I wish I had known what an archivist was when I was 17. With History being my favourite subject at school, and having absolutely no idea what career I wanted to pursue, I decided to keep studying it at university and think about all that career stuff later. Nine times out of ten when someone asked me what I was studying and I replied ‘History’ the inevitable question of ‘and what can you do with that?’ followed. I never had a good answer, all I knew was that I didn’t want to be a teacher or an academic but I still had no idea what I wanted to do when I graduated with a degree from the University of Limerick in Ireland.
I moved to Scotland after university and decided (after finally having a proper think about that career stuff) that I wanted to work in film and TV so I did some unpaid internships which led to a job at a production company. This was to be my accidental entry into the world of archives. As an office runner, I did a bit of everything, including helping the archive researcher. I soon realised that being an archive researcher, the job that most people in the world of film and TV find boring and difficult, was something I loved.
I worked in TV for 8 years, mostly for the BBC, initially as an archive researcher then as archive producer. I really loved aspects of my job but realised after a while that TV was not necessarily for me (in spite of the opportunities it gave me, like getting to drink with Michael Palin in a Glasgow hotel and hanging out with Alan Bennett and Neil Gaiman at literary festivals!). I often thought about how great it would be to work in the archives that I used so often for research but felt I might have left it too late. I was then inspired by a close friend who, after a number of years in unfulfilling computer science jobs, decided to retrain as a chef in her thirties.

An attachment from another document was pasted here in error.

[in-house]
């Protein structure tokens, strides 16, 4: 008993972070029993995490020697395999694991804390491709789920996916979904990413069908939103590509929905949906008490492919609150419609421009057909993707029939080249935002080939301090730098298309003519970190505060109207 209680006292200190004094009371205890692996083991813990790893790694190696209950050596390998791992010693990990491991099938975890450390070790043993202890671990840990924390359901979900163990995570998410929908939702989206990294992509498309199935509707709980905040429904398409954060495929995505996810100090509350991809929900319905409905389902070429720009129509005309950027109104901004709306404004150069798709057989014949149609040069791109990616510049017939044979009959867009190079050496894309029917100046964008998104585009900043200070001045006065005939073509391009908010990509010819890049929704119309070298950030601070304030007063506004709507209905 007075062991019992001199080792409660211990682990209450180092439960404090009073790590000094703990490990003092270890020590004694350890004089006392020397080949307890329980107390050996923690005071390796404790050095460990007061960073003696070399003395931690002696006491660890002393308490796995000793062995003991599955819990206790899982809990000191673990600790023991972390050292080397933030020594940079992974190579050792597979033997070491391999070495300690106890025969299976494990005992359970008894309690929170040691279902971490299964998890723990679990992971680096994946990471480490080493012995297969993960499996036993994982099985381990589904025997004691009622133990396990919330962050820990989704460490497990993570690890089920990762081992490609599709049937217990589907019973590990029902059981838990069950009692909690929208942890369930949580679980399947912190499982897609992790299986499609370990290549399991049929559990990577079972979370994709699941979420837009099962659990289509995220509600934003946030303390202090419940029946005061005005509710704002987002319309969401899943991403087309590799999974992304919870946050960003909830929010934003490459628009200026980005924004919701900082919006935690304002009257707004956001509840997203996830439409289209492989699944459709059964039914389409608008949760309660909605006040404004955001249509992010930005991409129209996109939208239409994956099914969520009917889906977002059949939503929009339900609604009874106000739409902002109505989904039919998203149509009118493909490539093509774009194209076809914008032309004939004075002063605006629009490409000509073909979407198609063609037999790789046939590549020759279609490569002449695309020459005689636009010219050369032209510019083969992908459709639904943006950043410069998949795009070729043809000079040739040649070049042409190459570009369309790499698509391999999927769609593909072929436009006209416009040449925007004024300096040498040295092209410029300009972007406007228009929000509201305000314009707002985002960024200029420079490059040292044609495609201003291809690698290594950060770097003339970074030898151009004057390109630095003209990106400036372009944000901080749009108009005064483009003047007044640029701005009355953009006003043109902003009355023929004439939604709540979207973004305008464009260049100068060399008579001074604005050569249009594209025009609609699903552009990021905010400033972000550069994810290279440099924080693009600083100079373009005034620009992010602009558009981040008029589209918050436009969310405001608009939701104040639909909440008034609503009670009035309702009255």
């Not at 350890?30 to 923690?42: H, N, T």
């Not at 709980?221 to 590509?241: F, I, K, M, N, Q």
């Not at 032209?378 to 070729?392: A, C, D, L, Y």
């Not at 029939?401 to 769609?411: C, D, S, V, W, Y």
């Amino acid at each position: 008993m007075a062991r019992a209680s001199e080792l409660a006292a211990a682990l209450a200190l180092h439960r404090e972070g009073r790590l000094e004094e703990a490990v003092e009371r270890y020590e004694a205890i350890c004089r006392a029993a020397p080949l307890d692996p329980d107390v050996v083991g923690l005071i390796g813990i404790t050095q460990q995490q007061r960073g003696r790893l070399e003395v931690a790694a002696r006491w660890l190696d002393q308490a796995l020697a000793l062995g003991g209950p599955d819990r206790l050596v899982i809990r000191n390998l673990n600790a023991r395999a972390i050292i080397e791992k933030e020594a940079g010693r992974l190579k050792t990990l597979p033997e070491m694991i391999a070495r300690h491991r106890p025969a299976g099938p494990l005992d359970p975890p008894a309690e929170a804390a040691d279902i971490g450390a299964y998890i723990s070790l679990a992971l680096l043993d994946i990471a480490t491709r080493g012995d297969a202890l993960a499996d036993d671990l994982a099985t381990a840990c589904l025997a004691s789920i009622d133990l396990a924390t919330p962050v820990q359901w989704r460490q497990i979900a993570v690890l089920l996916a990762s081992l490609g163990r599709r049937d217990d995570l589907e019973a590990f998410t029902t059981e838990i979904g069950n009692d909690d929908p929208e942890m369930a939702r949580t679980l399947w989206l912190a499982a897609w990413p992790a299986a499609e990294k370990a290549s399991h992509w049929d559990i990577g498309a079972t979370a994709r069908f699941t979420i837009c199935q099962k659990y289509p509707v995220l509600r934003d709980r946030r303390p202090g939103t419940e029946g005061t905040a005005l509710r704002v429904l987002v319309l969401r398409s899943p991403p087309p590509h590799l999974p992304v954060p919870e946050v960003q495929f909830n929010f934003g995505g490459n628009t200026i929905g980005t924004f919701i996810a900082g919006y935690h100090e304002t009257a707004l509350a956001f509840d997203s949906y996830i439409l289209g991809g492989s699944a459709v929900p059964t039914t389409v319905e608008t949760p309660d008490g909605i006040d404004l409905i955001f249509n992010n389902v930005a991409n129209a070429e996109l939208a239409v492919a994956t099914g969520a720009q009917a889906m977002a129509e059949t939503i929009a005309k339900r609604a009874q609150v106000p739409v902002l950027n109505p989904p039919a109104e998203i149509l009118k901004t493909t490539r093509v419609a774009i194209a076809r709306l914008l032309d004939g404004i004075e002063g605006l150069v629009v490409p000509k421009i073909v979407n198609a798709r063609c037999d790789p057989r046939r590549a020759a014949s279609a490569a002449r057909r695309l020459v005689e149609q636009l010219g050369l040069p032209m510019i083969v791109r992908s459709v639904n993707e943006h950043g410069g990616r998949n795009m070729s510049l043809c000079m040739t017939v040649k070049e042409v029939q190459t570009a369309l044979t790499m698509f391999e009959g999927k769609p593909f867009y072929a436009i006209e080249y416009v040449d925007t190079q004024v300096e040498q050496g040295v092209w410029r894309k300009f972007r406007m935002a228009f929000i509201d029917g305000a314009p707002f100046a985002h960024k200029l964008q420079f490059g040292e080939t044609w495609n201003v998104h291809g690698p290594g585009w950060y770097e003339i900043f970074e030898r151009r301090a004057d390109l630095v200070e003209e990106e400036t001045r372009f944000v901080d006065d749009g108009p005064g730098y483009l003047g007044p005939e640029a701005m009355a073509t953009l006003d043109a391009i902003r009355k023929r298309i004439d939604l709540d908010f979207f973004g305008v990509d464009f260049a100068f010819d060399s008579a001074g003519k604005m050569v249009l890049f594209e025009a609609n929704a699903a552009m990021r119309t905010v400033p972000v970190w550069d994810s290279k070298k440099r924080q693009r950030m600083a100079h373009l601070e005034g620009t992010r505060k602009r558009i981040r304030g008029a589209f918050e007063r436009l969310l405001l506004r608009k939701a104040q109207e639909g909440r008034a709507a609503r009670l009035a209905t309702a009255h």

So last year, at the not-so-youthful age of 36, I began a distance learning course in Archives and Records Management with the University of Dundee. It was a scary experience going back to the world of academia and definitely took a bit of getting used to, but being able to study remotely is great for me as I can continue to work full time. I had planned to keep working in TV while I did the course but a Graduate Traineeship at the Ballast Trust in Glasgow came up and I decided to go for it. I was delighted to get the position but a bit wary about going into an entry level job having spent the last few years at a more senior level, but it has been a wonderful experience.
The Ballast Trust is a great place to work as it is not a traditional repository but rescues, sorts and catalogues archive materials for a wide range of businesses in Scotland. I’m getting the opportunity to appraise, sort and catalogue different collections, attend surveys with the surveying officer, brush up on my social media skills and get to grips with archive related software. I also work one day a week at Glasgow University’s Archives and Special Collections where I am gaining experience working in a more traditional archive repository and reading room. Being able to practically apply the learning of my Archives and Records Management course has made the academic experience a lot easier for me.
Working as an archive researcher/producer did give me good grounding for retraining as an archivist. I had been to archive reading rooms, used a lot of online catalogues for research and was knowledgeable on copyright but I had no idea what a fonds was! I also used to work from home a lot so I was well prepared for that aspect of lockdown during the pandemic. The main things I have learned in my first year are that being able to get work experience while studying is invaluable; and that it is never too late to change your career. So while I may sometimes wish that I had studied archives at university at an earlier stage, I don’t regret my slightly longer journey to getting here.
Nessa Dundon, Archives Assistant, Ballast Trust